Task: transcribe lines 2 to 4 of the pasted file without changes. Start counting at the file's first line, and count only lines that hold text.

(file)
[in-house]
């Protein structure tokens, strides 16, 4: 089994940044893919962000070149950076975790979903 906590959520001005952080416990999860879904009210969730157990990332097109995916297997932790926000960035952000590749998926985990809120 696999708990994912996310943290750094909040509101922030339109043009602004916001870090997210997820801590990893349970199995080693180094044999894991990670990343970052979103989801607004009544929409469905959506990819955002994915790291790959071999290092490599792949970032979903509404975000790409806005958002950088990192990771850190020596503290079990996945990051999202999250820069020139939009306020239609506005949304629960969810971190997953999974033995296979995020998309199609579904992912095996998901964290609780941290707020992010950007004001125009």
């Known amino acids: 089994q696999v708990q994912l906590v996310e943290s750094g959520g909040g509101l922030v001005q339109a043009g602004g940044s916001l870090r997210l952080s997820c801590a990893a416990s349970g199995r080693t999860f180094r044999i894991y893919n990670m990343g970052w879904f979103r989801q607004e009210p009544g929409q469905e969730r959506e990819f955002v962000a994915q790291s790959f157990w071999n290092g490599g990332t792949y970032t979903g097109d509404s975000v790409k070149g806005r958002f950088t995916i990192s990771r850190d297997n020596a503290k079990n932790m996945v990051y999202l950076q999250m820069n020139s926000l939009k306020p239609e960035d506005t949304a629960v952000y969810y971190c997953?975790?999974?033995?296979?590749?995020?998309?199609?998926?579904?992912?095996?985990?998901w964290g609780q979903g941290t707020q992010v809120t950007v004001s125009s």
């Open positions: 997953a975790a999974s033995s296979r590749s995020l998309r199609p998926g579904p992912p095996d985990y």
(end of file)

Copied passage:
């Protein structure tokens, strides 16, 4: 089994940044893919962000070149950076975790979903 906590959520001005952080416990999860879904009210969730157990990332097109995916297997932790926000960035952000590749998926985990809120 696999708990994912996310943290750094909040509101922030339109043009602004916001870090997210997820801590990893349970199995080693180094044999894991990670990343970052979103989801607004009544929409469905959506990819955002994915790291790959071999290092490599792949970032979903509404975000790409806005958002950088990192990771850190020596503290079990996945990051999202999250820069020139939009306020239609506005949304629960969810971190997953999974033995296979995020998309199609579904992912095996998901964290609780941290707020992010950007004001125009």
């Known amino acids: 089994q696999v708990q994912l906590v996310e943290s750094g959520g909040g509101l922030v001005q339109a043009g602004g940044s916001l870090r997210l952080s997820c801590a990893a416990s349970g199995r080693t999860f180094r044999i894991y893919n990670m990343g970052w879904f979103r989801q607004e009210p009544g929409q469905e969730r959506e990819f955002v962000a994915q790291s790959f157990w071999n290092g490599g990332t792949y970032t979903g097109d509404s975000v790409k070149g806005r958002f950088t995916i990192s990771r850190d297997n020596a503290k079990n932790m996945v990051y999202l950076q999250m820069n020139s926000l939009k306020p239609e960035d506005t949304a629960v952000y969810y971190c997953?975790?999974?033995?296979?590749?995020?998309?199609?998926?579904?992912?095996?985990?998901w964290g609780q979903g941290t707020q992010v809120t950007v004001s125009s």
């Open positions: 997953a975790a999974s033995s296979r590749s995020l998309r199609p998926g579904p992912p095996d985990y």